Subject: Re: question regarding different p_addr_t
To: Garrett D'Amore <>
From: Eduardo Horvath <>
List: tech-kern
Date: 10/26/2005 16:02:51
On Tue, 25 Oct 2005, Garrett D'Amore wrote:

> For reasons I won't go into here, I need to increase the size of paddr_t on 
> the Alchemy processors, which are currently covered by the evbmips port.
> The question is whether changing this size creates the need to for a new 
> port.
> It seems like this data type (paddr_t) is used in few different places (e.g. 
> struct mbuf).
> Changing the size to 64-bits leaves a working kernel, and -- as far as I can 
> tell -- the evbmips userland built with it set for 32-bit also seems to work.
> What I'm not confident is kernel memory grovelers and debuggers.
> Is there a reason to believe that a kernel with this type at 64-bits should 
> not be used with a userland compiled for it at 32-bits?
> Interestingly enough, it appears that there is at least one case where a 
> 64-bit MIPS kernel is used with a 32-bit MIPS userland.  I'm guessing that 
> this is an indication that type mismatches between userland and the kernel 
> are OK as long as they aren't in structures exposed to userland (e.g. 
> ioctls).
> Any thoughts or advice on this matter is appreciated.  Thanks!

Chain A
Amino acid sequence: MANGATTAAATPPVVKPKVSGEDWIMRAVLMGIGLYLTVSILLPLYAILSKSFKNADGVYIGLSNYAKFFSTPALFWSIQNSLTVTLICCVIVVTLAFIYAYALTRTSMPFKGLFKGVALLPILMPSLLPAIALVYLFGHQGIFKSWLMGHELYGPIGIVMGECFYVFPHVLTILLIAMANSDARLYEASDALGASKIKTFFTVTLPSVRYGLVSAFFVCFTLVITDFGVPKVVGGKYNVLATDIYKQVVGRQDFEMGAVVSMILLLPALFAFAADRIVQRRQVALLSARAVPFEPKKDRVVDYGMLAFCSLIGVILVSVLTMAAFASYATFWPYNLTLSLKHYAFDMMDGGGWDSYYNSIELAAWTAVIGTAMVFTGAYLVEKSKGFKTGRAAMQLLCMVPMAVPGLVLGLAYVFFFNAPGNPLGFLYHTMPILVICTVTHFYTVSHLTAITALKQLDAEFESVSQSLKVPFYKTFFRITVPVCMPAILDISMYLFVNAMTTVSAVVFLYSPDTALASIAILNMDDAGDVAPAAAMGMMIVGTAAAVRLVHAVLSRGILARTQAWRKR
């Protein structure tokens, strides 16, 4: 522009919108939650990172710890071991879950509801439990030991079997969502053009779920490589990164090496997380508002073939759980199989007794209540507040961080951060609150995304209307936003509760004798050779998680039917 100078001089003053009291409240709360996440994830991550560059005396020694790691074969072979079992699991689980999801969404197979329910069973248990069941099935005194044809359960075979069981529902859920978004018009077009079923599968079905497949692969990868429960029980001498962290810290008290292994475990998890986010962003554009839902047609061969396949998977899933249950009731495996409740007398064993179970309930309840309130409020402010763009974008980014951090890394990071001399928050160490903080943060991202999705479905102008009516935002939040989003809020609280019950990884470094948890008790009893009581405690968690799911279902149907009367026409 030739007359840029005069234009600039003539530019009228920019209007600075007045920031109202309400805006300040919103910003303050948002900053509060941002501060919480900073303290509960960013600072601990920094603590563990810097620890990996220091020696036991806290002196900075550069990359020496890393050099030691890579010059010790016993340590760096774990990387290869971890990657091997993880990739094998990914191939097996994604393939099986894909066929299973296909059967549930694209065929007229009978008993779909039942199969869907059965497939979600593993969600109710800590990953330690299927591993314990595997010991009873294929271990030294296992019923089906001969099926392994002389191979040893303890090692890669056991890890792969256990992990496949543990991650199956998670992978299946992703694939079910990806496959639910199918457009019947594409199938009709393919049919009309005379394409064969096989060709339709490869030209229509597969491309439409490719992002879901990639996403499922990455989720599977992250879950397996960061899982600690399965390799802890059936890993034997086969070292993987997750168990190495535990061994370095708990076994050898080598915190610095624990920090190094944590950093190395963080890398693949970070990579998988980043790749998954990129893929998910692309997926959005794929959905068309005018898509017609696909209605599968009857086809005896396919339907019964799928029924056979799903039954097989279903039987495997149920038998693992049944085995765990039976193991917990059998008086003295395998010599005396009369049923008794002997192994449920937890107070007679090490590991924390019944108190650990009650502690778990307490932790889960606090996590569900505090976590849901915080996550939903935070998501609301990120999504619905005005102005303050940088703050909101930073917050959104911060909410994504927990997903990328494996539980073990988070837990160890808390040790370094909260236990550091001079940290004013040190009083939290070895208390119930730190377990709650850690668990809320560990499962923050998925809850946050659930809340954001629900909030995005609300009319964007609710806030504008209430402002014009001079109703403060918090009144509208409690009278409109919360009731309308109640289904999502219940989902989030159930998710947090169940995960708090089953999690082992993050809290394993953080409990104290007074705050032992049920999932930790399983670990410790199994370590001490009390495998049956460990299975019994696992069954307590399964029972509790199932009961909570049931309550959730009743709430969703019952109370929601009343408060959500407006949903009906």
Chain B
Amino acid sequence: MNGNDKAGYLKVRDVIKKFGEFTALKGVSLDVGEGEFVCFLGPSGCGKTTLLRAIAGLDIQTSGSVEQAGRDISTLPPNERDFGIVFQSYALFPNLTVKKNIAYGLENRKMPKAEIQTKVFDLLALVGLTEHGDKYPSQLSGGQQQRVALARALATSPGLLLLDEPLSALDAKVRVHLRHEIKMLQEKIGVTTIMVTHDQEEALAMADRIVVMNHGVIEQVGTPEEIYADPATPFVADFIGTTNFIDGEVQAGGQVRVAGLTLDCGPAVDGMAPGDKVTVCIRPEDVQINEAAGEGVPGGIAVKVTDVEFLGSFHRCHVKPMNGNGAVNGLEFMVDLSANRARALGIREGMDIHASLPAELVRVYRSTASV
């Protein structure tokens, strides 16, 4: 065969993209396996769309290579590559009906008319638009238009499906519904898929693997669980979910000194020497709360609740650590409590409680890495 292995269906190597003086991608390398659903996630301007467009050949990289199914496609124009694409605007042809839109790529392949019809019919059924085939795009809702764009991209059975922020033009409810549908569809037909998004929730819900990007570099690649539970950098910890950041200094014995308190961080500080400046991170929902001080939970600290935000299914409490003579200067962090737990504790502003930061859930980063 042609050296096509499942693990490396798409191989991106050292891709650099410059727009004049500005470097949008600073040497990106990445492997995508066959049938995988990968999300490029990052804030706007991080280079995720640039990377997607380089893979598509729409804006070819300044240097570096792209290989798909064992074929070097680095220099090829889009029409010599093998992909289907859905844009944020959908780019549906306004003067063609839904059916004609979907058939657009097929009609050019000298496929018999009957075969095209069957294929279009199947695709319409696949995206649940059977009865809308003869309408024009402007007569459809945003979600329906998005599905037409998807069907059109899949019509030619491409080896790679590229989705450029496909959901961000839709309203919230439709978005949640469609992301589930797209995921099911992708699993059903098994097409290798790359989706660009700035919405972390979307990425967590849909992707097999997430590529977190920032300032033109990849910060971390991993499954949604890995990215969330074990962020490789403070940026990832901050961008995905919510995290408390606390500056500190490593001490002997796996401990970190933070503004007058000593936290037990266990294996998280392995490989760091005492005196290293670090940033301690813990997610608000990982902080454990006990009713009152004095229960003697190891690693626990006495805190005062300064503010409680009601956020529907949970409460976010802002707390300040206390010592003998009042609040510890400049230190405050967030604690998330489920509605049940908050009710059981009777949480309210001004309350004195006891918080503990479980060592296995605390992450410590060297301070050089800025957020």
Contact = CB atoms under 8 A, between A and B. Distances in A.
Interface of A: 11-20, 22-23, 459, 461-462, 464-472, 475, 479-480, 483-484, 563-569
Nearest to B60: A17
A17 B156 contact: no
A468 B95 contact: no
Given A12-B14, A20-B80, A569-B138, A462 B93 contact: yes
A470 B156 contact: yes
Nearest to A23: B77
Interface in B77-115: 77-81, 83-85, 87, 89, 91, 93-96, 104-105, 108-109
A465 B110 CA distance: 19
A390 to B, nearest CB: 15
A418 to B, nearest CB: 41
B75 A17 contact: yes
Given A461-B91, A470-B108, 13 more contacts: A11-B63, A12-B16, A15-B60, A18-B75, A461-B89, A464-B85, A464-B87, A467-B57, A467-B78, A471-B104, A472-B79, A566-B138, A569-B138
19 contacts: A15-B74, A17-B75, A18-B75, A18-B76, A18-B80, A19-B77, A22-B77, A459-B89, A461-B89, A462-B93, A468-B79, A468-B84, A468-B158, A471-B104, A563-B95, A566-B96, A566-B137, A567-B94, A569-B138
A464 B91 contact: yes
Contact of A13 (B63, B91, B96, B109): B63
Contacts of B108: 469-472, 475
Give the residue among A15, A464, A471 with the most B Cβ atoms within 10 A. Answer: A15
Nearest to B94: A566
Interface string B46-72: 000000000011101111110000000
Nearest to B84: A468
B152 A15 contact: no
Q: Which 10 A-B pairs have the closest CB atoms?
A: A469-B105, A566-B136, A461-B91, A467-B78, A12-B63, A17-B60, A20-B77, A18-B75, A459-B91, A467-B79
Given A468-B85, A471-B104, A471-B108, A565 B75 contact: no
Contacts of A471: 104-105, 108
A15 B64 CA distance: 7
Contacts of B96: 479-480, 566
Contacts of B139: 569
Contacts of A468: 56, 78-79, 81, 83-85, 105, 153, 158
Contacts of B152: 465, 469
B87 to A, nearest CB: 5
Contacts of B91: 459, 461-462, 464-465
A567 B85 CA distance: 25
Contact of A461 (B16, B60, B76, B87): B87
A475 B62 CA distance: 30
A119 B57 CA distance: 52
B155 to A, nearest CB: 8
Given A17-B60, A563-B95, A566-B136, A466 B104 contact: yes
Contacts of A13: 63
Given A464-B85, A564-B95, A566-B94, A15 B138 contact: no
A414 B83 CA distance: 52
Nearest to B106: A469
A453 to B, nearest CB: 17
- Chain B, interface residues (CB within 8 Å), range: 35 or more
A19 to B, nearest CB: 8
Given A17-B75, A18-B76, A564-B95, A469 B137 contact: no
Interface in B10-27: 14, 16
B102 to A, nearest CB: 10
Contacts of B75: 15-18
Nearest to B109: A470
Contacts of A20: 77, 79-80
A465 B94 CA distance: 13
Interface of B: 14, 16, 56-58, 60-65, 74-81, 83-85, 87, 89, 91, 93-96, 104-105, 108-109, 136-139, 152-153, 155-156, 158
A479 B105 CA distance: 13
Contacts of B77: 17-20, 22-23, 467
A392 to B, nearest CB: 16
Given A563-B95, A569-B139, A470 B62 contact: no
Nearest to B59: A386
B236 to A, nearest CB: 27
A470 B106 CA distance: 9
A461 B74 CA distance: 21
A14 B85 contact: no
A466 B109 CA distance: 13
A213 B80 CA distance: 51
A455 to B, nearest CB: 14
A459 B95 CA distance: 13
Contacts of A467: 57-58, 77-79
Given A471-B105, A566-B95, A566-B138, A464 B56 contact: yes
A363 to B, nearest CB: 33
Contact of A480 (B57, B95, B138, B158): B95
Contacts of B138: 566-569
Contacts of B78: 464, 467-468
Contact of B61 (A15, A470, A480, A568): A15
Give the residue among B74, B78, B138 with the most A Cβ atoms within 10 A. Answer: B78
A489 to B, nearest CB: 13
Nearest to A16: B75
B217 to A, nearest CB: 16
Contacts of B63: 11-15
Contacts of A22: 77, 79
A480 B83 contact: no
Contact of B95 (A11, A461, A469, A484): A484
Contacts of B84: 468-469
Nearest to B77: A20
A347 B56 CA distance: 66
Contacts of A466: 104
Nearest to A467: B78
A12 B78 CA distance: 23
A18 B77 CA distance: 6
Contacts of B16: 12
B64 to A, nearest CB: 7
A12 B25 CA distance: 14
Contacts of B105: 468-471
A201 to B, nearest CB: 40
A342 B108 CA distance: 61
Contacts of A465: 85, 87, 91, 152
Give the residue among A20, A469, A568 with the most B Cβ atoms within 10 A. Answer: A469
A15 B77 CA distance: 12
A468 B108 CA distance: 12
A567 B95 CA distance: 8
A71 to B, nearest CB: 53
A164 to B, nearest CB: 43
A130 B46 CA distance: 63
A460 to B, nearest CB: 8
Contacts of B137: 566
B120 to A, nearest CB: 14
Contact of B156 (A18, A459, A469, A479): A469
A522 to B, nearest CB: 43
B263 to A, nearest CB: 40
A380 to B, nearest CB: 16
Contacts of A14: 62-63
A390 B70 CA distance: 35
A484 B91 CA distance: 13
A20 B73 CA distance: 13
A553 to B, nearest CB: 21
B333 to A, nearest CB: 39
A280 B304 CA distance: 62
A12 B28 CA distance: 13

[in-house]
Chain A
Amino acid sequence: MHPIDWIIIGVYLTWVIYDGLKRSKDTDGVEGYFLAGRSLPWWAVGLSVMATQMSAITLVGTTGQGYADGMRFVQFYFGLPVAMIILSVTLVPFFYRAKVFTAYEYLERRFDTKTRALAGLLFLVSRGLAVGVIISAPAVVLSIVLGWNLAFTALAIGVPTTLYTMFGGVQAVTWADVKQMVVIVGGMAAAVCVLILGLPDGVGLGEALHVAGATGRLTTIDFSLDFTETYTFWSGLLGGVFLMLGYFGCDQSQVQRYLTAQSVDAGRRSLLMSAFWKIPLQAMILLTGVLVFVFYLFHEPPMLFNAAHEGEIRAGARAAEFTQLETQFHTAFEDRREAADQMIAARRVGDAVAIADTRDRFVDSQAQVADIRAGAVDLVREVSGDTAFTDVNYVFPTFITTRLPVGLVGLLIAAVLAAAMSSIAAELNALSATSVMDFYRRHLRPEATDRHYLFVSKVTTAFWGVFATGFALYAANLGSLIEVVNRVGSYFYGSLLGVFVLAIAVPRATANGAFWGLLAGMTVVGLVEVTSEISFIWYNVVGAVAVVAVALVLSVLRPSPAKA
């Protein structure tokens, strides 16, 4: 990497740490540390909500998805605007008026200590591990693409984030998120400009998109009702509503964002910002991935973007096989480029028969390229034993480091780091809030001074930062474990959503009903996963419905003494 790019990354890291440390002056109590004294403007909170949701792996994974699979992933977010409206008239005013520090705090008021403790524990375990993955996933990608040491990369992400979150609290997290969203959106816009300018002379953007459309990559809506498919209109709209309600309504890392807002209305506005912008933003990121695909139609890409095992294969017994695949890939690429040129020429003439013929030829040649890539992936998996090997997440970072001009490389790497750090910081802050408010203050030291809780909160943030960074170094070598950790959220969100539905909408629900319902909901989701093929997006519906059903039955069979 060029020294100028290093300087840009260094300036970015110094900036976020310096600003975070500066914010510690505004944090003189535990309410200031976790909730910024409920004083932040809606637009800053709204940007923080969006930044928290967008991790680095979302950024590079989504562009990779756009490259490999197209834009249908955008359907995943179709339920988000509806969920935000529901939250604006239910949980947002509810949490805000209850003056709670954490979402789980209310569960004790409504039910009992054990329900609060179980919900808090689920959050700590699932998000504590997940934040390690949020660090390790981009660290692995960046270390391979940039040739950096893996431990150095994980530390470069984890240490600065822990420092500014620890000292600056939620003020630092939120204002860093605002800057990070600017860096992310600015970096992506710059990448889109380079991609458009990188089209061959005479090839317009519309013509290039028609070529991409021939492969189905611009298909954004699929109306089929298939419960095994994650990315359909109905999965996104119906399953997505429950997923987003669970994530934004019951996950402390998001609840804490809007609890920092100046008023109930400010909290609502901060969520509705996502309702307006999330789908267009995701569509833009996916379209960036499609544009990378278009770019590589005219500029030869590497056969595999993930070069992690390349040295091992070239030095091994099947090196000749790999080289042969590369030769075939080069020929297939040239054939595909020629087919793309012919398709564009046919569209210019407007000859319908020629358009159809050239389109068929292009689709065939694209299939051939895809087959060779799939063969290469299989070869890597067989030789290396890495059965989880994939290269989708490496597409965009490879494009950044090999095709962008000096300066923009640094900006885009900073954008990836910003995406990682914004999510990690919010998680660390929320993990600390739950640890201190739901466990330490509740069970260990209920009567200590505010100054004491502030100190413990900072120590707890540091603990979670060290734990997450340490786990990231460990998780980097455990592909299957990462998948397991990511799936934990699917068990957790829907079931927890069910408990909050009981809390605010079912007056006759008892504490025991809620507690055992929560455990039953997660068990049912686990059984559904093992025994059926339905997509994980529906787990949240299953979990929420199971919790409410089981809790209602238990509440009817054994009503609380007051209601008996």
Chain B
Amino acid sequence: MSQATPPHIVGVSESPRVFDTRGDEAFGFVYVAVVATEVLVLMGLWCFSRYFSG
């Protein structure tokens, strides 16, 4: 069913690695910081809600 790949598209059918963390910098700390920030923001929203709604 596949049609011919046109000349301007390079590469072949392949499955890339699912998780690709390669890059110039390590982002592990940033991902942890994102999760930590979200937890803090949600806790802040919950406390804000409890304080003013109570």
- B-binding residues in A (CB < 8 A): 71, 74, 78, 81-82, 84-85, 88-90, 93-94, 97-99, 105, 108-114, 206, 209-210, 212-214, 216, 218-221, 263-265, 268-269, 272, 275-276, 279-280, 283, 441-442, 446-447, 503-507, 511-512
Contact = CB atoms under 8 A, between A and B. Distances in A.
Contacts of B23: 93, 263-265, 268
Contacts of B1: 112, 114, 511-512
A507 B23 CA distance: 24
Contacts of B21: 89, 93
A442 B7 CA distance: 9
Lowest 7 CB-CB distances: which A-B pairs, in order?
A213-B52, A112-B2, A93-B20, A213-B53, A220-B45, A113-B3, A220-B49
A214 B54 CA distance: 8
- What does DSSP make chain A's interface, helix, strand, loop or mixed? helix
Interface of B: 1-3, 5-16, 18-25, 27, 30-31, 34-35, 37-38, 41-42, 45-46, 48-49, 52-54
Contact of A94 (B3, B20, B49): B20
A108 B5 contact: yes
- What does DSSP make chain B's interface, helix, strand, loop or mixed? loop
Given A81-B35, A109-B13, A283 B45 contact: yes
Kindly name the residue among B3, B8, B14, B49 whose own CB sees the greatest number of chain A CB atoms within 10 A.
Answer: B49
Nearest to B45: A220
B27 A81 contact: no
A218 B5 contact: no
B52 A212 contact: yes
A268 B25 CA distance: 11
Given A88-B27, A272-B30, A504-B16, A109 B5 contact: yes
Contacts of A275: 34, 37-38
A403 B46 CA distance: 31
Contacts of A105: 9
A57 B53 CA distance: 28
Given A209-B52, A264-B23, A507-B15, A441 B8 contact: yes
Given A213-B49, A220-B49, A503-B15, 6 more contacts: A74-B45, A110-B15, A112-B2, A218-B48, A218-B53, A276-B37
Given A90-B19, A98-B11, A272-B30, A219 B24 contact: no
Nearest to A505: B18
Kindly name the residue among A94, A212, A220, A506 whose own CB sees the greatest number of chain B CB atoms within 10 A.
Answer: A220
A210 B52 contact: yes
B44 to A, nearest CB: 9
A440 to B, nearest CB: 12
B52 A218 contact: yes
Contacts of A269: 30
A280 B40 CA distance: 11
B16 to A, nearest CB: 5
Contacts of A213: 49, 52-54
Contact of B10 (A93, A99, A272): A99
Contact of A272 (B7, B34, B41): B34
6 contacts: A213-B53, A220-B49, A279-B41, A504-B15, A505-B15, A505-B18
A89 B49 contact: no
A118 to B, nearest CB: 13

The whole paddr_t thing was added when I got the sparc64 port up in 32-bit 
mode.  It was needed to handle >32-bit physical addresses but 32-bit 
virtual addresses.

As you said, you will get some possible breakage from certain memory
grovellers that examine structures with paddr_t's in them.  But most
of the more important utilities that used to do kernel grovelling,
such as `ps' have already been converted to use sysctl to get data
from the kernel and are thus not affected by the issue.

You probably want to create a new $MACHINE but not necessarily a new
architecture ($MACHINE_ARCH).  Also, additional support in the build
and installation infrastructure to allow $MACHINE specific versions of 
memory grovellers such as netstat and vmstat would be a good thing.

That would also go a long way to supporting pure 32-bit (sparc or x86) 
userlands on a 64-bit (sparc64 or amd64) kernels without having the 
overhead of a whole 64-bit userland as well.